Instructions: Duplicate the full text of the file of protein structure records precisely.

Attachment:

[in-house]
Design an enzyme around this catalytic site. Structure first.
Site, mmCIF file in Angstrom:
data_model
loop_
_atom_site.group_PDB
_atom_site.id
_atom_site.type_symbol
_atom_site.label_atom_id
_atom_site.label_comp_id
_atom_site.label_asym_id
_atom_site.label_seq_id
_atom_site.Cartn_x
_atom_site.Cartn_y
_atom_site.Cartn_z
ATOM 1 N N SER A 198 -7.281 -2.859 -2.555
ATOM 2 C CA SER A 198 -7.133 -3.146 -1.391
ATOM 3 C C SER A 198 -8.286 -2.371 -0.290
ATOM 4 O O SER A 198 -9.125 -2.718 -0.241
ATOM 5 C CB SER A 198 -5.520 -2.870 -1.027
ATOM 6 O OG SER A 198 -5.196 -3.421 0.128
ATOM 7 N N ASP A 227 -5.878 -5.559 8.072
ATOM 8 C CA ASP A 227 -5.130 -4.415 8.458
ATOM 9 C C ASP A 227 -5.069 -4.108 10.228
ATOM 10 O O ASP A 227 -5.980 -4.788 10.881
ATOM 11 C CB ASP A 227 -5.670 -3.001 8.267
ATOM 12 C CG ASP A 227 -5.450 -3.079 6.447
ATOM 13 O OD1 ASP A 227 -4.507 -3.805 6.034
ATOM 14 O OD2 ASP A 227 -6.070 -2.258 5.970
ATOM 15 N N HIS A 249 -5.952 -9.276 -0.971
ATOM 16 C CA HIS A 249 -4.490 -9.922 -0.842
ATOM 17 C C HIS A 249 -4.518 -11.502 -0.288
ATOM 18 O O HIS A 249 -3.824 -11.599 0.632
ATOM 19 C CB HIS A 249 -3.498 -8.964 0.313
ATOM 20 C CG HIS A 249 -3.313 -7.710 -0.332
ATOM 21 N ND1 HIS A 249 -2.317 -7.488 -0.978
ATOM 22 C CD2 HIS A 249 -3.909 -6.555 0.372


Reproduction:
[in-house]
Design an enzyme around this catalytic site. Structure first.
Site, mmCIF file in Angstrom:
data_model
loop_
_atom_site.group_PDB
_atom_site.id
_atom_site.type_symbol
_atom_site.label_atom_id
_atom_site.label_comp_id
_atom_site.label_asym_id
_atom_site.label_seq_id
_atom_site.Cartn_x
_atom_site.Cartn_y
_atom_site.Cartn_z
ATOM 1 N N SER A 198 -7.281 -2.859 -2.555
ATOM 2 C CA SER A 198 -7.133 -3.146 -1.391
ATOM 3 C C SER A 198 -8.286 -2.371 -0.290
ATOM 4 O O SER A 198 -9.125 -2.718 -0.241
ATOM 5 C CB SER A 198 -5.520 -2.870 -1.027
ATOM 6 O OG SER A 198 -5.196 -3.421 0.128
ATOM 7 N N ASP A 227 -5.878 -5.559 8.072
ATOM 8 C CA ASP A 227 -5.130 -4.415 8.458
ATOM 9 C C ASP A 227 -5.069 -4.108 10.228
ATOM 10 O O ASP A 227 -5.980 -4.788 10.881
ATOM 11 C CB ASP A 227 -5.670 -3.001 8.267
ATOM 12 C CG ASP A 227 -5.450 -3.079 6.447
ATOM 13 O OD1 ASP A 227 -4.507 -3.805 6.034
ATOM 14 O OD2 ASP A 227 -6.070 -2.258 5.970
ATOM 15 N N HIS A 249 -5.952 -9.276 -0.971
ATOM 16 C CA HIS A 249 -4.490 -9.922 -0.842
ATOM 17 C C HIS A 249 -4.518 -11.502 -0.288
ATOM 18 O O HIS A 249 -3.824 -11.599 0.632
ATOM 19 C CB HIS A 249 -3.498 -8.964 0.313
ATOM 20 C CG HIS A 249 -3.313 -7.710 -0.332
ATOM 21 N ND1 HIS A 249 -2.317 -7.488 -0.978
ATOM 22 C CD2 HIS A 249 -3.909 -6.555 0.372